A recent study indicates that contrary to current assumptions, osteoarthritis patients undergoing total knee or hip replacement surgeries are at higher risk of heart attack.
The findings of the Boston-based study refer strictly to early post-surgery period. According to the study featuring in the Arthritis & Rheumatology journal, the increased risk of heart attack or myocardial infarction does not persist on the long-term. However, the risk of suffering blood clots in the lungs or veins (thromboembolism) persists for years after the patients underwent surgeries.
The study, led by Yuqing Zhang – Professor of Medicine and Epidemiology with the Boston University School of Medicine in Boston, Massachusetts, looked specifically at 13,849 osteoarthritis patients that underwent either total knee or hip joint replacement surgeries in the timeframe spanning January 2000 – December 2012. The control group was composed of another 13,849 patients who did not undergo surgery.
Overall, the findings indicated that during the first month following the surgeries, the risk of suffering a heart attack was high. Fewer patients in the non-surgery group faced the same risk.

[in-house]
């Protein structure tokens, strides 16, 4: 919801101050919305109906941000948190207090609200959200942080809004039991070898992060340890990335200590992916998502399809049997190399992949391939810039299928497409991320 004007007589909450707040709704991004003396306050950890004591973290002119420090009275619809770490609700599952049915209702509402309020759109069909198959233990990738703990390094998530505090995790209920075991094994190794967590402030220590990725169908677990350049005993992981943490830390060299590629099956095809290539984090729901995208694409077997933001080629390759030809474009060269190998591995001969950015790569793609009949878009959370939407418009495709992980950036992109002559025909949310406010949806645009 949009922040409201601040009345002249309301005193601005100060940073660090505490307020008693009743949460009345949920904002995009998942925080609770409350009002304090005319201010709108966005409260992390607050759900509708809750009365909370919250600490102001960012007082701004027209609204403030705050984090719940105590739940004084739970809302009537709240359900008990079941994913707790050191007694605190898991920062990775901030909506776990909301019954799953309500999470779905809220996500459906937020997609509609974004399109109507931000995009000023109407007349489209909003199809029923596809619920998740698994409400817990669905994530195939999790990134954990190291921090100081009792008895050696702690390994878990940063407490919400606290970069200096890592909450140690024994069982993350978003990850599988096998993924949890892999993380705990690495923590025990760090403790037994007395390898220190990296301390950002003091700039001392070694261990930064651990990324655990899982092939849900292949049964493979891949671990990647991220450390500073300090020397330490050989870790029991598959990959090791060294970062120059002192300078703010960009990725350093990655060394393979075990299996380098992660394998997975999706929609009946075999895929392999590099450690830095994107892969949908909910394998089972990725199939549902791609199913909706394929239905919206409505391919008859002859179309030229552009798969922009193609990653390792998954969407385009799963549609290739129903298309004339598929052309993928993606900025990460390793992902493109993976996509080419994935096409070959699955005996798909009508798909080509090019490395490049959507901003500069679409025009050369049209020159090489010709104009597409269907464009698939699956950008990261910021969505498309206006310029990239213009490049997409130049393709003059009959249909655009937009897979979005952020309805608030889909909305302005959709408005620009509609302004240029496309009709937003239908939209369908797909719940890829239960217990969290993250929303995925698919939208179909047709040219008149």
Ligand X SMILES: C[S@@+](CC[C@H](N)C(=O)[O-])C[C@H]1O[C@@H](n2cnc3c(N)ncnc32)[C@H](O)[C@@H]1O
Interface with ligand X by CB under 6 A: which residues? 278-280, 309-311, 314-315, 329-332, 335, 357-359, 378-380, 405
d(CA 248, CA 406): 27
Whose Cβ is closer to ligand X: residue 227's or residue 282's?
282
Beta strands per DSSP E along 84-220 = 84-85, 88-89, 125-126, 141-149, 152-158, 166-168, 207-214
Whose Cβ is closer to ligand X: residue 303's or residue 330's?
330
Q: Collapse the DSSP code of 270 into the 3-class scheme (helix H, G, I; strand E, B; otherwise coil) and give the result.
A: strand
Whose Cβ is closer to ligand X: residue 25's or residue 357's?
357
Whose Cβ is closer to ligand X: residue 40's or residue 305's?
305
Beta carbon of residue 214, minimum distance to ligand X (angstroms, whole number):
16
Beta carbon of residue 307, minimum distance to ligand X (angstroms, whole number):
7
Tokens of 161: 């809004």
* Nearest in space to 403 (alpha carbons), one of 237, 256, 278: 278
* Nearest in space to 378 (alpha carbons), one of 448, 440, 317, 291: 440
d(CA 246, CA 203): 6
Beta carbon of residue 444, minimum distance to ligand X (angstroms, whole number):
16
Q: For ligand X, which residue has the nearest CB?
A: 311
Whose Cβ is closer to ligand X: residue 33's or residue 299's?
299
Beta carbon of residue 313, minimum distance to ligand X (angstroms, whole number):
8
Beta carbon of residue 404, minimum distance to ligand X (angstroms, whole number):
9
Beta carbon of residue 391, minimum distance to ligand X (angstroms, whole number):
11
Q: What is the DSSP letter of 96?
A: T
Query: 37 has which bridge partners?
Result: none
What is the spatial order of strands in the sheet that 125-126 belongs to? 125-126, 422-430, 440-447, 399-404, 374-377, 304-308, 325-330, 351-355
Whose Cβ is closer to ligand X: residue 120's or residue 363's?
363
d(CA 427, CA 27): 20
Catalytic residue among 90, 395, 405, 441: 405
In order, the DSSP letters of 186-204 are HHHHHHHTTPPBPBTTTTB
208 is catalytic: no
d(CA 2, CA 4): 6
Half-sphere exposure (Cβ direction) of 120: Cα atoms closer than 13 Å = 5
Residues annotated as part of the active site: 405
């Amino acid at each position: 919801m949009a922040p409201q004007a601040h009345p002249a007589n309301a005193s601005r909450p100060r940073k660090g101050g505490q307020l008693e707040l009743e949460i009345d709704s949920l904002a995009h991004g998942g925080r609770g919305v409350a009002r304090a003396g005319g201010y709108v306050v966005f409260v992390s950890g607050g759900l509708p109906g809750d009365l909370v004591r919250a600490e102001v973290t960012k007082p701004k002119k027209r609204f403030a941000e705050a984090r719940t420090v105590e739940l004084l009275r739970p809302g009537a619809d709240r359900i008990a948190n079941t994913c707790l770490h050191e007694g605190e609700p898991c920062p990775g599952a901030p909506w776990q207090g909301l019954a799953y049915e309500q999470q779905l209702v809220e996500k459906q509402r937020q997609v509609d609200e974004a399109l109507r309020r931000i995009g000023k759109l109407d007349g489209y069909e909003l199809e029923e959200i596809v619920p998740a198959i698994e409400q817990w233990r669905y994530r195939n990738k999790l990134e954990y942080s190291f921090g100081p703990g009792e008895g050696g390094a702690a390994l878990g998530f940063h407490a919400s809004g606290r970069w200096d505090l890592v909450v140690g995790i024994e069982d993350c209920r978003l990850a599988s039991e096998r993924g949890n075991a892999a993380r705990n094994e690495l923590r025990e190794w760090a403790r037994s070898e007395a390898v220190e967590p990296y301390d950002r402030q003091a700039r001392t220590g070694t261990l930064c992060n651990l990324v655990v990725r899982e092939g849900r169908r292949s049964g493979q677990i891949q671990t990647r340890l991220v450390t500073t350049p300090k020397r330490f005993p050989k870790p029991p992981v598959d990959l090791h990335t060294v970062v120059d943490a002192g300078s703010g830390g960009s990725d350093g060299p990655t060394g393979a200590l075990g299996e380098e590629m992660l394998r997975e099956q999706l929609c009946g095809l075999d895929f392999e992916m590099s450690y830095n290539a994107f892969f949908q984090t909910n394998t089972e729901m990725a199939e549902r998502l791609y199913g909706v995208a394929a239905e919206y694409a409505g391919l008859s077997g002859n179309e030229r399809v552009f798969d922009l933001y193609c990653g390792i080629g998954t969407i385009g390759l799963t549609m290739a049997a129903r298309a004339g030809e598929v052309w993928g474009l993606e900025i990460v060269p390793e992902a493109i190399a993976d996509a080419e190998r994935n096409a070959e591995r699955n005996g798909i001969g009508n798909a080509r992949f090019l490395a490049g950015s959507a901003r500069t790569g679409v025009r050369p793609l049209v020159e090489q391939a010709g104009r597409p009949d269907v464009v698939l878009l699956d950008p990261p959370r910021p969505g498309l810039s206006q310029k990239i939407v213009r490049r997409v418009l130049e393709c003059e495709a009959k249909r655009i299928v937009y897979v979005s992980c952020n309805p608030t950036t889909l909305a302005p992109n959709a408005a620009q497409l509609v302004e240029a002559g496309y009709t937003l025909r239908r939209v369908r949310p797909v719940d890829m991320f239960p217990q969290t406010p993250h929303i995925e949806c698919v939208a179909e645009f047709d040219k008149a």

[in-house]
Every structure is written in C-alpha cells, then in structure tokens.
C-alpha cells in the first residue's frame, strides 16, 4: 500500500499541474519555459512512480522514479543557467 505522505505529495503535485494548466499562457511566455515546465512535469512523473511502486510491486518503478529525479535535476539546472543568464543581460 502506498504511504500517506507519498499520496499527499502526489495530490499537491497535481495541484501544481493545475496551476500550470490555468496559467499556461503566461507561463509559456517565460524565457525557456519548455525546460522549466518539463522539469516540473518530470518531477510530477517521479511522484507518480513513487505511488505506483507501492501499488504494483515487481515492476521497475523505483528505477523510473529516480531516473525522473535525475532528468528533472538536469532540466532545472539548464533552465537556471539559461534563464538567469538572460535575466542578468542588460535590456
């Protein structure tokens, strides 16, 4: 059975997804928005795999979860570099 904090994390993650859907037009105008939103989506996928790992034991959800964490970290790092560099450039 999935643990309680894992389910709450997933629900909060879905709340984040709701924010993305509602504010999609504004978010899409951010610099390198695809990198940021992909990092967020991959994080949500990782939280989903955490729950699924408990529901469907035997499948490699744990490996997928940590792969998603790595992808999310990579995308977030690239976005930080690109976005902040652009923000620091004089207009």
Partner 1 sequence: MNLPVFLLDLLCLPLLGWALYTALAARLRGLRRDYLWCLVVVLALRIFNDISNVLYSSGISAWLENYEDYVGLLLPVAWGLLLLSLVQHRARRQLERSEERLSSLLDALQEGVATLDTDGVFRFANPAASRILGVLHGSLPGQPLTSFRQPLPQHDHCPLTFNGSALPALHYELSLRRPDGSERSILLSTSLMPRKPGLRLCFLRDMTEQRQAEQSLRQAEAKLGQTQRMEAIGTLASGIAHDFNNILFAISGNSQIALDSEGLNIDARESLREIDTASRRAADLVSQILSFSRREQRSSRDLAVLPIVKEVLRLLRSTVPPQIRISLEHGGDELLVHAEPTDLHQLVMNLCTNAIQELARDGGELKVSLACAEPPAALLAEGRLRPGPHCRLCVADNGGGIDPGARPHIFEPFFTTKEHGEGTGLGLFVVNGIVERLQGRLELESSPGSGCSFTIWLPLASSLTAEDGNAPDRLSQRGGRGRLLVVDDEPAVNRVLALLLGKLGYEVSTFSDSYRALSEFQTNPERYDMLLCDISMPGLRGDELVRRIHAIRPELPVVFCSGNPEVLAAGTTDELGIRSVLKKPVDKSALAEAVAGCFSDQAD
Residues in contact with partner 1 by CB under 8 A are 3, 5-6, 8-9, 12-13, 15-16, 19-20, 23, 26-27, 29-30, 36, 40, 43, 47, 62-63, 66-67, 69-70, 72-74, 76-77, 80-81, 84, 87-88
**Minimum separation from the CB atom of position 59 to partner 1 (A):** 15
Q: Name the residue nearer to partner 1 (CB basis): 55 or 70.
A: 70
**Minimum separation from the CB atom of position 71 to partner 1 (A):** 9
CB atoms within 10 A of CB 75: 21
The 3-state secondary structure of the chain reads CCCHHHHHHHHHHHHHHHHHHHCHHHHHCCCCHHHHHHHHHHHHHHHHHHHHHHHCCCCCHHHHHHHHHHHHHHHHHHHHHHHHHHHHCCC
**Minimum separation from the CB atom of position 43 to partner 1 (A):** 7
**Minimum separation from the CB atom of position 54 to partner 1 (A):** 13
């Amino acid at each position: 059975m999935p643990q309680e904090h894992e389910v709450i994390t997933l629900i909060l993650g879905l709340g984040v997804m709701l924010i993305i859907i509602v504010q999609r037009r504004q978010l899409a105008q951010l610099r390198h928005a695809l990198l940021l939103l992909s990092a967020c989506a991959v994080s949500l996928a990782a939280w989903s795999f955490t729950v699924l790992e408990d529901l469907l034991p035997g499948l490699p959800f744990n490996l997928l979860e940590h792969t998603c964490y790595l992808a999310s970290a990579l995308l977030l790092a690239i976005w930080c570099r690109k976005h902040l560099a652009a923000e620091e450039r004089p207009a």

However, the research team draws attention to the fact that this risk should not prevent people from undergoing either procedure. The risk of heart attacks dissipates over time, albeit the risk of developing thromboembolism remaining high in the postoperative period.
According to the researchers, the study is rather aiming at raising awareness in the medical community. At the same time, it is necessary that new ways to cope with these heightened risks are found.
“The reasons for increased risk of heart attack for these and other types of surgery are many, and to date approaches such as use of heart medications, such as aspirin, beta blockers and alpha blockers, have generally not been successful in lowering the risk,”
stated Doctor Zhang.
Statistics from the U.S. National Institute of Arthritis and Musculoskeletal and Skin Diseases reveal that in the U.S., 27 million people over the age of 25 are affected by osteoarthritis. Considering the negative effects it has on joints, both knee and hip replacements are valid options for relieving pain and the stiffness most patients are prone to.
Worldwide, 1.8 million surgeries of the type are performed on an yearly basis. To this extent, the findings of this study are crucial for patients and the medical community alike in alleviating the possible risks stemming from undergoing knee or hip replacement.
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